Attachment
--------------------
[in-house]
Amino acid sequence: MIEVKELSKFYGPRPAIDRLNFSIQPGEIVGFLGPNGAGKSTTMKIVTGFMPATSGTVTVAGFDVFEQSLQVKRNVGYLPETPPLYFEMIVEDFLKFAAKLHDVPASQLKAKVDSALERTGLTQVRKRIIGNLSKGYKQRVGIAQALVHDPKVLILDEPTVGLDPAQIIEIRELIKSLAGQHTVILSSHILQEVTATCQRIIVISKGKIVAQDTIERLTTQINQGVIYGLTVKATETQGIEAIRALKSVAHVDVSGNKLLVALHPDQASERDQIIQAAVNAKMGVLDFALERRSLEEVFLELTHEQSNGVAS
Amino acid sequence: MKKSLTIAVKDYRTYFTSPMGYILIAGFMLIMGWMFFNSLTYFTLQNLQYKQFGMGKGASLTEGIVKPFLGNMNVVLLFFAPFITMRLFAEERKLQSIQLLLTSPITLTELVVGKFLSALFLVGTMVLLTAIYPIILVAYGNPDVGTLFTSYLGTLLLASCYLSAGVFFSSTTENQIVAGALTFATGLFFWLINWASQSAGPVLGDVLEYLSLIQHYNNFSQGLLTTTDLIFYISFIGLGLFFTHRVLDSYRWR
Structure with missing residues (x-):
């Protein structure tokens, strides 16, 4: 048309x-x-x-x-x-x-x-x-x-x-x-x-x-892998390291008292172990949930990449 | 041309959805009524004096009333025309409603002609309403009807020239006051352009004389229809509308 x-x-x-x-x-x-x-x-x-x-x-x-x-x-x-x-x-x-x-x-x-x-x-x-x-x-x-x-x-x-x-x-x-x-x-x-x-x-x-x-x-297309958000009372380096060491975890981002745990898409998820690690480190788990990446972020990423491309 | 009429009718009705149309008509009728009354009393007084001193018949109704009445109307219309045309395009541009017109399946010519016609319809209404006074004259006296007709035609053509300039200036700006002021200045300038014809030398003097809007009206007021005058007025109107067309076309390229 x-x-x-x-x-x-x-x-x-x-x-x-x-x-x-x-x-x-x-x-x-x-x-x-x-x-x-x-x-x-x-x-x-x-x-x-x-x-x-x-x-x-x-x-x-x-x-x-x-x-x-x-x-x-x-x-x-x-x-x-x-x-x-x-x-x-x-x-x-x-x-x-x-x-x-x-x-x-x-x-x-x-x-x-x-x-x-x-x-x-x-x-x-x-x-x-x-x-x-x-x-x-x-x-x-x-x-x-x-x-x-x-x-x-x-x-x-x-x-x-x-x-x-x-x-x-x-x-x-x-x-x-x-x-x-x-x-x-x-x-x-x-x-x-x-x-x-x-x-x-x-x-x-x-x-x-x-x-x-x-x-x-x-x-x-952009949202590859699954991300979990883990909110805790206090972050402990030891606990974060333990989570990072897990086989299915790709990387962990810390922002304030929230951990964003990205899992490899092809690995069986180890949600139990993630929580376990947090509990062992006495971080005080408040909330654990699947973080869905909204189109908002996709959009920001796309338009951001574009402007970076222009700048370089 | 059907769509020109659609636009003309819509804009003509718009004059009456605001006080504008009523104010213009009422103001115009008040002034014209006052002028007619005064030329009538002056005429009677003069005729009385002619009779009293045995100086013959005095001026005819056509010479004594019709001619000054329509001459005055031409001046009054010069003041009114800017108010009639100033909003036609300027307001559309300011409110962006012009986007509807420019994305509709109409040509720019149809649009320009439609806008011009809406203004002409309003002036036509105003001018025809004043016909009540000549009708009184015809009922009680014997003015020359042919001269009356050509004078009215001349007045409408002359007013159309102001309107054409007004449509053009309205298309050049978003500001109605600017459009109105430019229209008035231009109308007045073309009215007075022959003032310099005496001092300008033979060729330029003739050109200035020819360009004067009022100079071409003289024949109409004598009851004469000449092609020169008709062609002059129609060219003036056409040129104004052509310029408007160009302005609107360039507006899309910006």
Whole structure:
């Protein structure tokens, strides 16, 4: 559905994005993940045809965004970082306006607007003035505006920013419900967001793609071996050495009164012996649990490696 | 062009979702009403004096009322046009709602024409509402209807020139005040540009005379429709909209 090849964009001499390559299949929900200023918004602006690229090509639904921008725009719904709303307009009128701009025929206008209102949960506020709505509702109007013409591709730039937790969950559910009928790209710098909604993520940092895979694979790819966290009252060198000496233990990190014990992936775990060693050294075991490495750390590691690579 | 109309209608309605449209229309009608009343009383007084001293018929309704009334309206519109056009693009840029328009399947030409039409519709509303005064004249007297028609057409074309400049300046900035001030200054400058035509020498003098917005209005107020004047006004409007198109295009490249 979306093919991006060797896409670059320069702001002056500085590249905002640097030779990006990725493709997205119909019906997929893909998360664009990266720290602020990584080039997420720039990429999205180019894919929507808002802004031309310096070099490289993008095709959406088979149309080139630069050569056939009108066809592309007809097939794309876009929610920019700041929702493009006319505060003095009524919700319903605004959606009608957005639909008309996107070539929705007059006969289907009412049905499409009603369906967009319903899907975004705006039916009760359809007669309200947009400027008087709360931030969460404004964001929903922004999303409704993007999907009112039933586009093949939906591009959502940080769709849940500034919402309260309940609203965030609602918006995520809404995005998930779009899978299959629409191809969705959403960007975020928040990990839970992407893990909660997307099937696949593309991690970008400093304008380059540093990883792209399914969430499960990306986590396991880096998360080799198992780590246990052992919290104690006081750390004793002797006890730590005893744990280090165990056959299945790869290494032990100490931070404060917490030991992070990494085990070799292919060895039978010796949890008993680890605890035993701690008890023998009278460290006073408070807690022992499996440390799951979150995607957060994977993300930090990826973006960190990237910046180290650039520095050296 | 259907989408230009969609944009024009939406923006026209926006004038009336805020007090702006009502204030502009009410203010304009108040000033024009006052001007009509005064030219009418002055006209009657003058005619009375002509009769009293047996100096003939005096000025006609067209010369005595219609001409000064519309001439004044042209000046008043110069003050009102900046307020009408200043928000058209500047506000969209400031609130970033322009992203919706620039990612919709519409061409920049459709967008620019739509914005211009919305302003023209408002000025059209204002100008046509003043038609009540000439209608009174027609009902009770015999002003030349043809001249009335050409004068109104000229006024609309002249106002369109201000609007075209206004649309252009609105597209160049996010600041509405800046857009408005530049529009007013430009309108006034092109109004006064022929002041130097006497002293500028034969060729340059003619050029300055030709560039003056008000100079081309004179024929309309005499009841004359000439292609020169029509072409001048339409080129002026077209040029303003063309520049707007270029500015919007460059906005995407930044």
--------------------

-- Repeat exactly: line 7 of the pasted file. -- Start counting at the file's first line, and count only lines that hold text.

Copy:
């Protein structure tokens, strides 16, 4: 559905994005993940045809965004970082306006607007003035505006920013419900967001793609071996050495009164012996649990490696 | 062009979702009403004096009322046009709602024409509402209807020139005040540009005379429709909209 090849964009001499390559299949929900200023918004602006690229090509639904921008725009719904709303307009009128701009025929206008209102949960506020709505509702109007013409591709730039937790969950559910009928790209710098909604993520940092895979694979790819966290009252060198000496233990990190014990992936775990060693050294075991490495750390590691690579 | 109309209608309605449209229309009608009343009383007084001293018929309704009334309206519109056009693009840029328009399947030409039409519709509303005064004249007297028609057409074309400049300046900035001030200054400058035509020498003098917005209005107020004047006004409007198109295009490249 979306093919991006060797896409670059320069702001002056500085590249905002640097030779990006990725493709997205119909019906997929893909998360664009990266720290602020990584080039997420720039990429999205180019894919929507808002802004031309310096070099490289993008095709959406088979149309080139630069050569056939009108066809592309007809097939794309876009929610920019700041929702493009006319505060003095009524919700319903605004959606009608957005639909008309996107070539929705007059006969289907009412049905499409009603369906967009319903899907975004705006039916009760359809007669309200947009400027008087709360931030969460404004964001929903922004999303409704993007999907009112039933586009093949939906591009959502940080769709849940500034919402309260309940609203965030609602918006995520809404995005998930779009899978299959629409191809969705959403960007975020928040990990839970992407893990909660997307099937696949593309991690970008400093304008380059540093990883792209399914969430499960990306986590396991880096998360080799198992780590246990052992919290104690006081750390004793002797006890730590005893744990280090165990056959299945790869290494032990100490931070404060917490030991992070990494085990070799292919060895039978010796949890008993680890605890035993701690008890023998009278460290006073408070807690022992499996440390799951979150995607957060994977993300930090990826973006960190990237910046180290650039520095050296 | 259907989408230009969609944009024009939406923006026209926006004038009336805020007090702006009502204030502009009410203010304009108040000033024009006052001007009509005064030219009418002055006209009657003058005619009375002509009769009293047996100096003939005096000025006609067209010369005595219609001409000064519309001439004044042209000046008043110069003050009102900046307020009408200043928000058209500047506000969209400031609130970033322009992203919706620039990612919709519409061409920049459709967008620019739509914005211009919305302003023209408002000025059209204002100008046509003043038609009540000439209608009174027609009902009770015999002003030349043809001249009335050409004068109104000229006024609309002249106002369109201000609007075209206004649309252009609105597209160049996010600041509405800046857009408005530049529009007013430009309108006034092109109004006064022929002041130097006497002293500028034969060729340059003619050029300055030709560039003056008000100079081309004179024929309309005499009841004359000439292609020169029509072409001048339409080129002026077209040029303003063309520049707007270029500015919007460059906005995407930044």